|(10)||a.||S1: Dennis kaufte einen Blumenstrauß für seine Freundin.|
|S1: Dennis bought one bouquet for his girlfriend|
|‘Dennis was buying a bouquet for his girlfriend.’|
|b.||S2: Die Blumenladenverkäuferin hat ihm gesagt:|
|S2: the bouquet vendor has to him said|
|‘The bouquet vendor told him:’|
|c.||S3: Wenn es Narzissen gibt, gibt es Rosen.|
|S3: if it lilies gives, gives it roses|
|‘If there are lilies, there are roses.’|
|d.||S4: Als Dennis sich umschaute, stellte er fest:|
|S4: as Dennis himself looked around, figured he out|
|‘When Dennis looked around, he found out:’|
|e.||S5: Es gab (keine) Narzissen und es gab Rosen.|
|S5: it gives (no) lilies and it gives roses|
|‘There were (no) lilies and there were roses.’|
|f.||S6: Dennis ließ sich einen wunderschönen Strauß zusammenstellen.|
|S6: Dennis let himself a wonderful bouquet made|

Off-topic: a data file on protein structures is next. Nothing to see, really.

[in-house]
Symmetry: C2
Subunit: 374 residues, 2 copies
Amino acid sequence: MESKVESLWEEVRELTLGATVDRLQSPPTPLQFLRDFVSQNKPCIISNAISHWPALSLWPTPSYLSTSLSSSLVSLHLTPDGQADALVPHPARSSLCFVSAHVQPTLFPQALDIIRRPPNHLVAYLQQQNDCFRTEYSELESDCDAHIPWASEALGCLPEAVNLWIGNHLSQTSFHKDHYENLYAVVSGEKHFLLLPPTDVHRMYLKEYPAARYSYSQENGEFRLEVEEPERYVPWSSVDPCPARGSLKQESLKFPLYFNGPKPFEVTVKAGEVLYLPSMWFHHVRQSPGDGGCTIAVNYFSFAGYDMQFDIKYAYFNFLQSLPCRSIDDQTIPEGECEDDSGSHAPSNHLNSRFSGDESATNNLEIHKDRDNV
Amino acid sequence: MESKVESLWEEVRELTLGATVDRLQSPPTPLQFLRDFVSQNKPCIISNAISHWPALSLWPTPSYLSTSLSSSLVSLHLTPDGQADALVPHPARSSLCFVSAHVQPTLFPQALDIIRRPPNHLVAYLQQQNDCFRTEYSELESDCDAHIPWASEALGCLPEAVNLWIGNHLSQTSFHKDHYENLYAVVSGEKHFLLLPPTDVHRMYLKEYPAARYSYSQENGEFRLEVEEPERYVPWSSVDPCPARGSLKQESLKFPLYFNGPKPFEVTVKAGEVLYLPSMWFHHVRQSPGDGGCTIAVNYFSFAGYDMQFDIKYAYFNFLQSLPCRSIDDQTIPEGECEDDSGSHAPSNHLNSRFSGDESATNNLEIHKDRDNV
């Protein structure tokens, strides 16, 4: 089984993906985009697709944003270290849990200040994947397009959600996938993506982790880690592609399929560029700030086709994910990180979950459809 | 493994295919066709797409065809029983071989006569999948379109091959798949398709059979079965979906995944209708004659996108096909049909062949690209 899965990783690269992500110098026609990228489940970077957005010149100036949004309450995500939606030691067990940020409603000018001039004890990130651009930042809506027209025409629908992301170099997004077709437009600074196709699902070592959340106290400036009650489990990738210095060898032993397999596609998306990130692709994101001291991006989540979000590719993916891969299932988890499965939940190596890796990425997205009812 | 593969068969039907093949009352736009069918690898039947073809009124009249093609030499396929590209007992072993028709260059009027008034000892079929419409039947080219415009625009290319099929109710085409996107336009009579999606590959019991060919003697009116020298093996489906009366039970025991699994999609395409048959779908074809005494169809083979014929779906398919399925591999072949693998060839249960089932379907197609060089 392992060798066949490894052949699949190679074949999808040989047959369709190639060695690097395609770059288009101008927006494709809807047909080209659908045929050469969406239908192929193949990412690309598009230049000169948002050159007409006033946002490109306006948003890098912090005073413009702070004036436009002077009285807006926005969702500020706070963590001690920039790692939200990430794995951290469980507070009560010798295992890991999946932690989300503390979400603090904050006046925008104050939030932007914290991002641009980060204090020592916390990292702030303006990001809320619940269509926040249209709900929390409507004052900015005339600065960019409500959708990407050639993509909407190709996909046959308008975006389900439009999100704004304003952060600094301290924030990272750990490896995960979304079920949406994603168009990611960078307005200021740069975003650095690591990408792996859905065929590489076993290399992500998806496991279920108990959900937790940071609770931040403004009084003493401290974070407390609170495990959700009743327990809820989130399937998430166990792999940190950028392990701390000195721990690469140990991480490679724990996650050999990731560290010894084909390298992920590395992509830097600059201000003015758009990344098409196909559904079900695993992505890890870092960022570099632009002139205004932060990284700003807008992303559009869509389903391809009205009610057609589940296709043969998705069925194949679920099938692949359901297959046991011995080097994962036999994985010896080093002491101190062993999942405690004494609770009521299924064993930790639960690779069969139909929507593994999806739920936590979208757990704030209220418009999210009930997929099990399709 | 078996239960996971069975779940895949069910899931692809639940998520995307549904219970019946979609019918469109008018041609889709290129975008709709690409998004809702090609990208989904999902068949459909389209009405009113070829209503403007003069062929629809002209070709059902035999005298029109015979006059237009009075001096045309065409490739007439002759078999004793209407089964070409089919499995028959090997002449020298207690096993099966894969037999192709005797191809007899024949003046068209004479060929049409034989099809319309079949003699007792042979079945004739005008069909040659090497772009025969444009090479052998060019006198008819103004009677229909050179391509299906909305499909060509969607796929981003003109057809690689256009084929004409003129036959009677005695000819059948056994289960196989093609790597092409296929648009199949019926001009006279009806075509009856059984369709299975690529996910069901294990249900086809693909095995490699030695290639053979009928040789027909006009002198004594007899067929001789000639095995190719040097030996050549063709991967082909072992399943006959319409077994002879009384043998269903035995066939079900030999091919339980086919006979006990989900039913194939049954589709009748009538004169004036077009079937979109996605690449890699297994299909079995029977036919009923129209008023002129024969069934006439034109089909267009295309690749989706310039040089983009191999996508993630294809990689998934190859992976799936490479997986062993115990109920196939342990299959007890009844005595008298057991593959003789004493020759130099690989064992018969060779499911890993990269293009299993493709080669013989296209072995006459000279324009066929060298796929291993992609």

|‘Dennis had a wonderful bouquet made. ’|
|g.||S7: Hat Dennis Schokolade gekauft?|
|S7: has Dennis chocolate bought|
|‘Did Dennis buy chocolate?’|
While the results in Liu (2019b) are less conclusive concerning the MMT, they provide empirical evidence for the biconditional tendency of on condition that, which was claimed in the descriptive literature (Montolío 2000; Alexe 2013), and simply assumed in the psychology literature (Espino and Villar 2016).
In this paper, I provide a short review of research questions related to conditionals currently under investigation. To achieve a more comprehensive understanding of conditionals and conditional reasoning across languages and language users, it is important to bring together investigations centered around different forms and meanings of conditionals in typologically diverse languages and strengthen the connection between linguistic approaches to conditionals and psychological theories of conditional reasoning. The present special issue is a first important step in this direction.
I thank Andreas Blümel on his invaluable feedback on the paper. This work has been supported by a DFG (German Research Foundation) grant to Mingya Liu’s project “The Semantics and Pragmatics of Conditional Connectives: Cross-linguistic and experimental Perspectives” within the Priority-Program XPrag.de (Funder Id: http://dx.doi.org/10.13039/501100001659, grant number: LI 2938/1-1).